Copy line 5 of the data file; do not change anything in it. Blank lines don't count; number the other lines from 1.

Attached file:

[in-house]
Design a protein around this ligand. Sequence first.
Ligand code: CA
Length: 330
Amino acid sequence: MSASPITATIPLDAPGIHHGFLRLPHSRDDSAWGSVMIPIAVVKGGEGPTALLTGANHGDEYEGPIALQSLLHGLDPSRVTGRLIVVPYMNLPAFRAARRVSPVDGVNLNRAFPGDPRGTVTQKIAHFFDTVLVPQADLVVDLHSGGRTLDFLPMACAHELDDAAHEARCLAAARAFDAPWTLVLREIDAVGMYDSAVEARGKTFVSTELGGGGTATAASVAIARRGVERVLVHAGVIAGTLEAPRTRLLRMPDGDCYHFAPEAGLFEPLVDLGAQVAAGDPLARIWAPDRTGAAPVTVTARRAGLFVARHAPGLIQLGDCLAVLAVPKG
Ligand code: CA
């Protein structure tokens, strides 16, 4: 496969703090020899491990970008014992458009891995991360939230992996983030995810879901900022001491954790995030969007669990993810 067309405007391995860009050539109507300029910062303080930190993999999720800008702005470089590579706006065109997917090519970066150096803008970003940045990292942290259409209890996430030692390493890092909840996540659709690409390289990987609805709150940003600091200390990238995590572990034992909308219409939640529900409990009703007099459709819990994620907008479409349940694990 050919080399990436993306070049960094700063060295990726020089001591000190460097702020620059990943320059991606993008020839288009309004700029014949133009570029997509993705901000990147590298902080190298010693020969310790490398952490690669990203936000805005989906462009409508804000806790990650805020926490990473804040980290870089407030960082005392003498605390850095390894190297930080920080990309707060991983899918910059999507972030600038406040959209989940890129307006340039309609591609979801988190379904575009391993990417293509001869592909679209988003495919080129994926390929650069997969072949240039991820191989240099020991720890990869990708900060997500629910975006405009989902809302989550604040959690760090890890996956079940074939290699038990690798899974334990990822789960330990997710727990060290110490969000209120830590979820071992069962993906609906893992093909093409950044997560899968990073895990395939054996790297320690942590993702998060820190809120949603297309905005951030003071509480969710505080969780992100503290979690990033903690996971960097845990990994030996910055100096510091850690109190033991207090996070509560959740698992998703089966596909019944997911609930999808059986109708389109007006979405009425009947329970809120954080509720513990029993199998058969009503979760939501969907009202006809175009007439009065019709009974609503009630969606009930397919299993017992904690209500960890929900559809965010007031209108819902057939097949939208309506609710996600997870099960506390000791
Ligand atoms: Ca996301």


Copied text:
Amino acid sequence: MSASPITATIPLDAPGIHHGFLRLPHSRDDSAWGSVMIPIAVVKGGEGPTALLTGANHGDEYEGPIALQSLLHGLDPSRVTGRLIVVPYMNLPAFRAARRVSPVDGVNLNRAFPGDPRGTVTQKIAHFFDTVLVPQADLVVDLHSGGRTLDFLPMACAHELDDAAHEARCLAAARAFDAPWTLVLREIDAVGMYDSAVEARGKTFVSTELGGGGTATAASVAIARRGVERVLVHAGVIAGTLEAPRTRLLRMPDGDCYHFAPEAGLFEPLVDLGAQVAAGDPLARIWAPDRTGAAPVTVTARRAGLFVARHAPGLIQLGDCLAVLAVPKG